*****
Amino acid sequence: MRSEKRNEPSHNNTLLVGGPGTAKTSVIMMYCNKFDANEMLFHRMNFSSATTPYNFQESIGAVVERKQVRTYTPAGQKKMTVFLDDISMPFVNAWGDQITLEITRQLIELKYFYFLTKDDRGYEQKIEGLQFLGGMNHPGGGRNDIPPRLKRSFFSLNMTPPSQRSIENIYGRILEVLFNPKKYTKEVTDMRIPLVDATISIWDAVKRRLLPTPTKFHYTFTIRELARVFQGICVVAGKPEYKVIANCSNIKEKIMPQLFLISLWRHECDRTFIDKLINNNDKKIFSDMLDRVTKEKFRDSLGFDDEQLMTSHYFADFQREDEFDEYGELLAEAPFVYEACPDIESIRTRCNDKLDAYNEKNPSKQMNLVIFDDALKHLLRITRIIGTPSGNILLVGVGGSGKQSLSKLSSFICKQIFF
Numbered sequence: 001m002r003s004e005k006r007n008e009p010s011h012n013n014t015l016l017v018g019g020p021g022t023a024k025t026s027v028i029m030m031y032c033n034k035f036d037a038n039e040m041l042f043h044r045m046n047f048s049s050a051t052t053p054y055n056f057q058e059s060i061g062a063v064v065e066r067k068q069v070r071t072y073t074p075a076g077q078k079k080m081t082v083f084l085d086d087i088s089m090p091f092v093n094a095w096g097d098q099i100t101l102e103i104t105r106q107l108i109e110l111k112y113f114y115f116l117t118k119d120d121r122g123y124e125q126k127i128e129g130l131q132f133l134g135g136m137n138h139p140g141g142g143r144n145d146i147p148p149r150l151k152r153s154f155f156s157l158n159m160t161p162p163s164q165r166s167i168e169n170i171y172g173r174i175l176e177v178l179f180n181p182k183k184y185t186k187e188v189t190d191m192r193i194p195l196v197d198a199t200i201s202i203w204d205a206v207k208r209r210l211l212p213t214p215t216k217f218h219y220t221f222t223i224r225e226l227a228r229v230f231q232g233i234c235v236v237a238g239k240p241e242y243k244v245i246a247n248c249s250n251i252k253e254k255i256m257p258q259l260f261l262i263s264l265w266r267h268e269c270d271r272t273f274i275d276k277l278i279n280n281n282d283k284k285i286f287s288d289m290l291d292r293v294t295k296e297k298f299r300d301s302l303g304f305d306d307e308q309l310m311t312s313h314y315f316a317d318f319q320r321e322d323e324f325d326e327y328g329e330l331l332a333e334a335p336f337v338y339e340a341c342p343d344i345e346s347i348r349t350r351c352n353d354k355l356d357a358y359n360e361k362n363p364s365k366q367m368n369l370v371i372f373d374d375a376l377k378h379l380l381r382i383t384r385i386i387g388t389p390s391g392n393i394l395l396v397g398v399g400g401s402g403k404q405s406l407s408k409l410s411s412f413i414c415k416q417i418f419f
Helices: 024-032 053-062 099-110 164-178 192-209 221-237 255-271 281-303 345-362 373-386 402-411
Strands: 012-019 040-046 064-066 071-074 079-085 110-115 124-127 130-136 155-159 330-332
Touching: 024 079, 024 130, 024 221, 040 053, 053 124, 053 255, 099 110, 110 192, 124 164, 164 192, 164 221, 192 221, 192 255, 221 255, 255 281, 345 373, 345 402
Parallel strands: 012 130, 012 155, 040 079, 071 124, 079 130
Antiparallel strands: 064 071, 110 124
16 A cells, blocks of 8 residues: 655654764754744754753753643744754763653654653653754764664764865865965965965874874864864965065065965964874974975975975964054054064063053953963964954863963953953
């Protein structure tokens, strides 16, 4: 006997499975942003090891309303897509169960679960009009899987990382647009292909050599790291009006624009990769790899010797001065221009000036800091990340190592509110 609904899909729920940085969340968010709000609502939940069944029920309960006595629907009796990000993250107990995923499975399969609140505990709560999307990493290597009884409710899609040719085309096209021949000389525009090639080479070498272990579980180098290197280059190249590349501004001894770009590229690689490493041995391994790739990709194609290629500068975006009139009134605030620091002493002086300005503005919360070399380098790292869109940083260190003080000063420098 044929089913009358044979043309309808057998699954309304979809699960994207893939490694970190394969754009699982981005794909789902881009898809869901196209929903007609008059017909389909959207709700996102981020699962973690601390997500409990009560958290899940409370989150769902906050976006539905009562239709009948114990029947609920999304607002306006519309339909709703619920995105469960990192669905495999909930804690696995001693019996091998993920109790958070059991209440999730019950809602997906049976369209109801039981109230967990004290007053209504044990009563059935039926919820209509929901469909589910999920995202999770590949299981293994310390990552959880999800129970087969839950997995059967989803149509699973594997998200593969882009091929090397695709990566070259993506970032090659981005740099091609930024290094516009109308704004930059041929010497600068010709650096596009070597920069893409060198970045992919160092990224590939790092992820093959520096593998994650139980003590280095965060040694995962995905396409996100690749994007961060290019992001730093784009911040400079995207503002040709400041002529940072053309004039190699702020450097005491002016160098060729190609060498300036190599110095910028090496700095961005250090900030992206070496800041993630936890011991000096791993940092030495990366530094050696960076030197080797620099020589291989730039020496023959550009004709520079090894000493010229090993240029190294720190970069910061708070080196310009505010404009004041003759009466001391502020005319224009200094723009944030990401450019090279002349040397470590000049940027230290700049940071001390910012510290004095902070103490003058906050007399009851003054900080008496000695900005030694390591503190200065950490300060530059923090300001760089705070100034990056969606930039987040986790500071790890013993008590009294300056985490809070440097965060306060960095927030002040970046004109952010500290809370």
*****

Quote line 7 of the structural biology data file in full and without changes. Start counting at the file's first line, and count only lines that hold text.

Antiparallel strands: 064 071, 110 124